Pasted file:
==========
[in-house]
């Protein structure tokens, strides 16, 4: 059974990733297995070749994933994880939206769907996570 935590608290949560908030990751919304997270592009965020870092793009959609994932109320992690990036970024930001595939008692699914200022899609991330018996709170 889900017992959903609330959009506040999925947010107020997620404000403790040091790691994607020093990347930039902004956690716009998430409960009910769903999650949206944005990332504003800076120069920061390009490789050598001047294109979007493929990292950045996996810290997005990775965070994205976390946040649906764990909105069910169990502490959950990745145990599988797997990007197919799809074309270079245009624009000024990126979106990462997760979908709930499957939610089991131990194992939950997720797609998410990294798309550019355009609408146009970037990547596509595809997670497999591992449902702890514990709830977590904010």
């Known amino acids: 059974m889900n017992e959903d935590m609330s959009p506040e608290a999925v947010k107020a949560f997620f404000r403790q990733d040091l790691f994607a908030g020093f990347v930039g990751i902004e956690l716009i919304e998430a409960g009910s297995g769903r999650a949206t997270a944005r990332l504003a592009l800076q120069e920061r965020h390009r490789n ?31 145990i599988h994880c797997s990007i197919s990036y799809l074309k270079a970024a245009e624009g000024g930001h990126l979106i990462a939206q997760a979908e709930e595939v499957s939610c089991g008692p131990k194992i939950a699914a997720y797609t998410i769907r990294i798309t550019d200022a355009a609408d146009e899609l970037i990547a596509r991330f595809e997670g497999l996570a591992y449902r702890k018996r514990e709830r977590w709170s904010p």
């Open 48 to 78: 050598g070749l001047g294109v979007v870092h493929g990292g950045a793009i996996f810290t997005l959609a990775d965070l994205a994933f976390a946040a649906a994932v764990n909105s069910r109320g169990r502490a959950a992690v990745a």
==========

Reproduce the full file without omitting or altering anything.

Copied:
[in-house]
């Protein structure tokens, strides 16, 4: 059974990733297995070749994933994880939206769907996570 935590608290949560908030990751919304997270592009965020870092793009959609994932109320992690990036970024930001595939008692699914200022899609991330018996709170 889900017992959903609330959009506040999925947010107020997620404000403790040091790691994607020093990347930039902004956690716009998430409960009910769903999650949206944005990332504003800076120069920061390009490789050598001047294109979007493929990292950045996996810290997005990775965070994205976390946040649906764990909105069910169990502490959950990745145990599988797997990007197919799809074309270079245009624009000024990126979106990462997760979908709930499957939610089991131990194992939950997720797609998410990294798309550019355009609408146009970037990547596509595809997670497999591992449902702890514990709830977590904010």
């Known amino acids: 059974m889900n017992e959903d935590m609330s959009p506040e608290a999925v947010k107020a949560f997620f404000r403790q990733d040091l790691f994607a908030g020093f990347v930039g990751i902004e956690l716009i919304e998430a409960g009910s297995g769903r999650a949206t997270a944005r990332l504003a592009l800076q120069e920061r965020h390009r490789n ?31 145990i599988h994880c797997s990007i197919s990036y799809l074309k270079a970024a245009e624009g000024g930001h990126l979106i990462a939206q997760a979908e709930e595939v499957s939610c089991g008692p131990k194992i939950a699914a997720y797609t998410i769907r990294i798309t550019d200022a355009a609408d146009e899609l970037i990547a596509r991330f595809e997670g497999l996570a591992y449902r702890k018996r514990e709830r977590w709170s904010p």
């Open 48 to 78: 050598g070749l001047g294109v979007v870092h493929g990292g950045a793009i996996f810290t997005l959609a990775d965070l994205a994933f976390a946040a649906a994932v764990n909105s069910r109320g169990r502490a959950a992690v990745a």